Hence the fear in Saudi Arabia is that something similar might occur post-MbS – that, as a source told The New Yorker’s Robin Wright, “[s]omeone from outside the system could make it collapse,” whereupon the kingdom would succumb to “instability like elsewhere in the region.”
Homemade in Washington
If so, it’s a problem entirely of Washington’s own making. Democratic and Republican administrations alike have continued to build up Saudi Arabia despite repeated warnings that it was creating a monster.
In 1945, FDR granted Saudi King Ibn Saud a blanket security guarantee in return for unrestricted oil access. A few years later, Truman used the newly-established Marshall Fund to finance massive Saudi oil shipments to war-torn western Europe, thereby establishing the kingdom as the world’s leading exporter. Following the epic price increases and Oil Embargo of the 1973, Washington hit upon yet another deal, this time to recycle excess petrodollars by exchanging Saudi oil profits for U.S. weaponry. A regional military colossus was thus born, one that felt free to attack whomever it pleased thanks to colossal oil wealth, vast quantities of high-tech arms, and an unlimited U.S. security guarantee and political cover.
Aggression and repression were the inevitable result. Unwilling to upset a vital strategic partner, the Obama administration said nothing when Riyadh sent troops into neighboring Bahrain to bloodily suppress democratic protests; when it flooded Syria with bloodthirsty Sunni jihadis, and when, in March 2015, it declared war on Yemen, its neighbor to the south. Indeed, the administration felt it had no choice but to help out.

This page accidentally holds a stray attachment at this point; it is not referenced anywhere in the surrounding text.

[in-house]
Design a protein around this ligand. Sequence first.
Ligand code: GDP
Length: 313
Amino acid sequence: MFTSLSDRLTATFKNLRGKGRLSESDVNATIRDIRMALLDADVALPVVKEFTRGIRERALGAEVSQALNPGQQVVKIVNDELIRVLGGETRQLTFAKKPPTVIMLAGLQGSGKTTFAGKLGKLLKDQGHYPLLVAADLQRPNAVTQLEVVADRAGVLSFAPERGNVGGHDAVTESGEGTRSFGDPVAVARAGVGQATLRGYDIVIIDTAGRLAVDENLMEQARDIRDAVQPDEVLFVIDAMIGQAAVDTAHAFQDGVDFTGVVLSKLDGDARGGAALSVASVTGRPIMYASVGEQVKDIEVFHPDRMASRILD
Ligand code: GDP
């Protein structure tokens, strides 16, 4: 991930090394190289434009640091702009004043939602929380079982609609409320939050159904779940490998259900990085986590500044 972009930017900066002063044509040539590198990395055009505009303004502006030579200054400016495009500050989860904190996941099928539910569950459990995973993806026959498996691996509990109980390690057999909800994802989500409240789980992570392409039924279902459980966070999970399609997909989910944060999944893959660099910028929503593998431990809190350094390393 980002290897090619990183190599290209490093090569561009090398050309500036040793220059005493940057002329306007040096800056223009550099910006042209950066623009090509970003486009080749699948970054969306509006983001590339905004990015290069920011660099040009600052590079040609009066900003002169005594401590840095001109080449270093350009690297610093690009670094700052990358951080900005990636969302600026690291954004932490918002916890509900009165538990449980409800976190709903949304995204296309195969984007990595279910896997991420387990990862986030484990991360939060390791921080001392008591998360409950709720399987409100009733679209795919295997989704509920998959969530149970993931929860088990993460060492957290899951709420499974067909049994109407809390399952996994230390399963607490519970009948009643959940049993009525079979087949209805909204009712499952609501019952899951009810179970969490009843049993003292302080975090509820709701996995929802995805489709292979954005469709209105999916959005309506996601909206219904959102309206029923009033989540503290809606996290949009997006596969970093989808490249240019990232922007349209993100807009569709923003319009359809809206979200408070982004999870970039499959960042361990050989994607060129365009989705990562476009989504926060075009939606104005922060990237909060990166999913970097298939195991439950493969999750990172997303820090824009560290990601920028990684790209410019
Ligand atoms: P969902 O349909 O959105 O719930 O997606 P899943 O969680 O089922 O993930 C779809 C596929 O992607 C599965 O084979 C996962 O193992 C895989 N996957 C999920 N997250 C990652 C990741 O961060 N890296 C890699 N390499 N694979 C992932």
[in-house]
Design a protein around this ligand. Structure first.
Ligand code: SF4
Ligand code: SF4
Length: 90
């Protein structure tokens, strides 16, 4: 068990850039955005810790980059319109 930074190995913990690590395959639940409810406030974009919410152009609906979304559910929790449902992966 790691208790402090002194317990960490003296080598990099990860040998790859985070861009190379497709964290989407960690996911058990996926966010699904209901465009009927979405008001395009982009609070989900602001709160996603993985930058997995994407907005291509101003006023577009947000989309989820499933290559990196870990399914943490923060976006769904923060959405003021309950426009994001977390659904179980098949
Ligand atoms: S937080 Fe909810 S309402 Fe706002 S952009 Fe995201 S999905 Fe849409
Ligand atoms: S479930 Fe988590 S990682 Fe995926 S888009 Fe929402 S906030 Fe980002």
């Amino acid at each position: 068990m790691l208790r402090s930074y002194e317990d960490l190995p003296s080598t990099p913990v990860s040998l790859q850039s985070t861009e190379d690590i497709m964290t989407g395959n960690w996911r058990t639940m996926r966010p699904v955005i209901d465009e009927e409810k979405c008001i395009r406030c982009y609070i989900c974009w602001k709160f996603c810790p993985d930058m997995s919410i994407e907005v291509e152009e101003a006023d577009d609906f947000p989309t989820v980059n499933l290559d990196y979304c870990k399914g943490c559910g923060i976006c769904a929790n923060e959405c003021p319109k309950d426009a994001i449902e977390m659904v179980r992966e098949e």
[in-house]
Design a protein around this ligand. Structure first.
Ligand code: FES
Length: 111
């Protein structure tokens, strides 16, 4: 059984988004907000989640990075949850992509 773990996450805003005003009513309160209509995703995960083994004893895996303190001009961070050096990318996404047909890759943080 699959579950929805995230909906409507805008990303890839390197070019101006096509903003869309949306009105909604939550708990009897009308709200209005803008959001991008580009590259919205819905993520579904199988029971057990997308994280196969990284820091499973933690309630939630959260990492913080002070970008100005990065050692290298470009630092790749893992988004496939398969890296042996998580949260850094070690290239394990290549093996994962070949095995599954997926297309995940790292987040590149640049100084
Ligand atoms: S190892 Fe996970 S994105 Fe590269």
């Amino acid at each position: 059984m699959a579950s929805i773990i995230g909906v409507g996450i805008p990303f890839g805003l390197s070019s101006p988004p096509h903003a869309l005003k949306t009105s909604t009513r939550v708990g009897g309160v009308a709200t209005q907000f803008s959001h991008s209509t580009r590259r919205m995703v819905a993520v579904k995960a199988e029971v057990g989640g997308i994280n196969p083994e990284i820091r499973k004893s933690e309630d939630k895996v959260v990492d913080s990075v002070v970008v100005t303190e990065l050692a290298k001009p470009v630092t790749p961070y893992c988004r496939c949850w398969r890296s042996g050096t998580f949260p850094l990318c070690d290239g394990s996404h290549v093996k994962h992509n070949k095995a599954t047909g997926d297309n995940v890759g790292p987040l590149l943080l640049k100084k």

Thus, a top general signaled his assent even while admitting that he had only been given a few hours’ notice while a State Department spokesman added forlornly: “We don’t want this to be an open-ended military campaign.” Nearly four years later, with as many as 13 million people teetering on the brink of starvation, that’s exactly what it’s turned out to be.
Joined at the hip with the Saudis, the U.S. appears to have no idea how to go about severing an increasingly toxic relationship, as last week’s incoherent Senate resolutions make clear.
The U.S. was happy to build Saudi Arabia up, but it’s clueless now that Saudi Arabia is dragging it down.
Daniel Lazare is the author of The Frozen Republic: How the Constitution Is Paralyzing Democracy (Harcourt Brace, 1996) and other books about American politics. He has written for a wide variety of publications from The Nation to Le Monde Diplomatique and blogs about the Constitution and related matters at Daniellazare.com.